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The action-oriented approach
Transcript of The action-oriented approach
Meeting the needs of Students
The teacher plans tasks and activities that:
➔ use flexible groupings (e.g., interest, readiness, purpose)
➔ provide opportunities for students to work in pairs, in small groups, and as a whole class
➔ create a context for learning vocabulary and language structures
➔ require using and practising higher order thinking skills
➔ provide multiple opportunities for practice prior to summative assessments
➔ Setting the stage for learning by fostering in students a need to communicate — critical in motivating students to engage in spontaneous and purposeful
➔ Providing specific and timely feedback, followed by opportunities to apply it
Creating tasks that are relevant, authentic, and appropriate for students
When incorporating the action-oriented approach into their practice, Core French
teachers recognize the importance of:
➔ Scaffolding the learning to enable students to use language confidently and competently as social actors to complete real-life tasks
Provinding an authentic social context
The teacher presents an authentic situation in which individuals might need to provide information, such as registering at a hospital clinic, where students may need to give details such as the spelling of their name, their address and telephone number, email address, date and place of birth, and age, sex, and nationality. As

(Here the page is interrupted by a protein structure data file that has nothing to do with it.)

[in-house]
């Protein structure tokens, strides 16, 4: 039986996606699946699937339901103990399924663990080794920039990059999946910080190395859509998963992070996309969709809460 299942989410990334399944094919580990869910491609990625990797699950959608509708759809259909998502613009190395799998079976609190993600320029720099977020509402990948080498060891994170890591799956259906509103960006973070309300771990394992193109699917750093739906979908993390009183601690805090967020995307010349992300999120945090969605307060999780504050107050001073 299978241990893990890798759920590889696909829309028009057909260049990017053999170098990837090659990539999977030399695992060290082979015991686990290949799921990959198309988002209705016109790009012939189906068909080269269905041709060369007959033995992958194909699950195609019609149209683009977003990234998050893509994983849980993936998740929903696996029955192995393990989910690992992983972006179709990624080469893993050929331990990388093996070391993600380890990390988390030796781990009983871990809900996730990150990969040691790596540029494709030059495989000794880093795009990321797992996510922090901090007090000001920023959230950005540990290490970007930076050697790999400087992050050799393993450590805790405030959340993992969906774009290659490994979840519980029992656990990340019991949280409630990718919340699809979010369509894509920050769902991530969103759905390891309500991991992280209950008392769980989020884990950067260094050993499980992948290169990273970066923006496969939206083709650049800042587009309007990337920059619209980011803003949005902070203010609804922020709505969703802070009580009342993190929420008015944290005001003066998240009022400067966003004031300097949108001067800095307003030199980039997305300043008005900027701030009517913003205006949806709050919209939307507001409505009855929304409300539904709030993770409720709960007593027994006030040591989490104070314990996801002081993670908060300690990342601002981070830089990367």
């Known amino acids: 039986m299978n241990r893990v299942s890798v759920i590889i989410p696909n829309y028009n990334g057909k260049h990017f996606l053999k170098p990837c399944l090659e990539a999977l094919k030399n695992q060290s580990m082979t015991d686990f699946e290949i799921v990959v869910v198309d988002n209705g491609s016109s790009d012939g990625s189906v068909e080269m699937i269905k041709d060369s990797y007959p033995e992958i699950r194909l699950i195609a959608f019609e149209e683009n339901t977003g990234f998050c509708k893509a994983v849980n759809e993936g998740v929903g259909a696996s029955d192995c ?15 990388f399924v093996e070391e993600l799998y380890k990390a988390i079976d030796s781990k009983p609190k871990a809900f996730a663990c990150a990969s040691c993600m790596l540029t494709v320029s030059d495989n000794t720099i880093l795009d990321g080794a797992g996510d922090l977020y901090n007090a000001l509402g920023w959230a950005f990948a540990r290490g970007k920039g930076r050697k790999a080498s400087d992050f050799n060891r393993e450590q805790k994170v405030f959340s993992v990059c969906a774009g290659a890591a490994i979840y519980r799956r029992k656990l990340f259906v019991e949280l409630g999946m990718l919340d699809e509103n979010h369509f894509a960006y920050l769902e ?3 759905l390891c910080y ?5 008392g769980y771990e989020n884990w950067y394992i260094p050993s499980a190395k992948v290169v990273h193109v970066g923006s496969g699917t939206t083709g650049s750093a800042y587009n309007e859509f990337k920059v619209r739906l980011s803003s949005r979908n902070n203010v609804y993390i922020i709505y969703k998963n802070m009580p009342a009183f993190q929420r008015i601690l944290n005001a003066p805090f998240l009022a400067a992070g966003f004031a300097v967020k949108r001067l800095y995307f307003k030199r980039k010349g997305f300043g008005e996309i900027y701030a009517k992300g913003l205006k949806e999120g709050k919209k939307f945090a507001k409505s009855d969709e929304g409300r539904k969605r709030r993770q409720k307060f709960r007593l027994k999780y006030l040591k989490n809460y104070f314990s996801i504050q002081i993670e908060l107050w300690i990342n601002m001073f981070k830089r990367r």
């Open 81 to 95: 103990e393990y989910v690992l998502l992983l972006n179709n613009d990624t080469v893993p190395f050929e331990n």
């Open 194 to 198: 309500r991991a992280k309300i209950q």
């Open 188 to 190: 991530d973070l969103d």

students progress, the tasks become more linguistically and cognitively challenging.
Action-oriented tasks are purposeful acts set in a context that students could face
in everyday life in a variety of situations. These tasks are open-ended and complex,
requiring a variety of knowledge and skills, and there are many possible paths leading
to attaining the specific end goal.
The action-oriented approach to language acquisition views communication as a social activity designed to accomplish specific tasks.
Evolving approaches to
In the communicative approach to second language acquisition, students learn by communicating in the target language rather than by practicing language skills in isolation. (Oral production more than Oral interaction)
spoken production, spoken interaction,
listening, reading, and writing
Communication is a purposeful social activity, and in this context, language learners are considered social agents or actors (acteurs sociaux) who have tasks to accomplish “in a given set of circumstances, in a specific environment, and within a particular
field of action” (CEFR, p. 9).
Service des programmes d'études Canada:
A Guide to Reflective Practice for Core French
Teachers - The Action-Oriented Approach